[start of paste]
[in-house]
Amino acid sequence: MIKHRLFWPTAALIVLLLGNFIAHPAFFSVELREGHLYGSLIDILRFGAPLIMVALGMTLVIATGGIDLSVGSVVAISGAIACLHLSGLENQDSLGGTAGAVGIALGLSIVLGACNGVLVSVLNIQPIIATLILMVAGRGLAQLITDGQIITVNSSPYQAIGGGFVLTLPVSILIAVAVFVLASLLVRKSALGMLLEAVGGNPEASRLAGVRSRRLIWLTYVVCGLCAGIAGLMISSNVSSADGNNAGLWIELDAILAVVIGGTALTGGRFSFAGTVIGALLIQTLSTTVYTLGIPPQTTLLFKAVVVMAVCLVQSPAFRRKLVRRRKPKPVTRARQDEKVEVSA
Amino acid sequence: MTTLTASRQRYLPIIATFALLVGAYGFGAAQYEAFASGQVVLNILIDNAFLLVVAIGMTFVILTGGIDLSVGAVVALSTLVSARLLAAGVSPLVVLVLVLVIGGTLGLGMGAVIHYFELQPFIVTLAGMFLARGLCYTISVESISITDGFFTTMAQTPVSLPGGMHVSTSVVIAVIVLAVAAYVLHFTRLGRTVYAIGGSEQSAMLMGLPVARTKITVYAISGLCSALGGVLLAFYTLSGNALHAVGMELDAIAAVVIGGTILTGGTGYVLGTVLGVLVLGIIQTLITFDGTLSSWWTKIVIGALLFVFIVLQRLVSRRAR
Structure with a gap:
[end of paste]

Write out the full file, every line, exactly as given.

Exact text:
[in-house]
Amino acid sequence: MIKHRLFWPTAALIVLLLGNFIAHPAFFSVELREGHLYGSLIDILRFGAPLIMVALGMTLVIATGGIDLSVGSVVAISGAIACLHLSGLENQDSLGGTAGAVGIALGLSIVLGACNGVLVSVLNIQPIIATLILMVAGRGLAQLITDGQIITVNSSPYQAIGGGFVLTLPVSILIAVAVFVLASLLVRKSALGMLLEAVGGNPEASRLAGVRSRRLIWLTYVVCGLCAGIAGLMISSNVSSADGNNAGLWIELDAILAVVIGGTALTGGRFSFAGTVIGALLIQTLSTTVYTLGIPPQTTLLFKAVVVMAVCLVQSPAFRRKLVRRRKPKPVTRARQDEKVEVSA
Amino acid sequence: MTTLTASRQRYLPIIATFALLVGAYGFGAAQYEAFASGQVVLNILIDNAFLLVVAIGMTFVILTGGIDLSVGAVVALSTLVSARLLAAGVSPLVVLVLVLVIGGTLGLGMGAVIHYFELQPFIVTLAGMFLARGLCYTISVESISITDGFFTTMAQTPVSLPGGMHVSTSVVIAVIVLAVAAYVLHFTRLGRTVYAIGGSEQSAMLMGLPVARTKITVYAISGLCSALGGVLLAFYTLSGNALHAVGMELDAIAAVVIGGTILTGGTGYVLGTVLGVLVLGIIQTLITFDGTLSSWWTKIVIGALLFVFIVLQRLVSRRAR
Structure with a gap: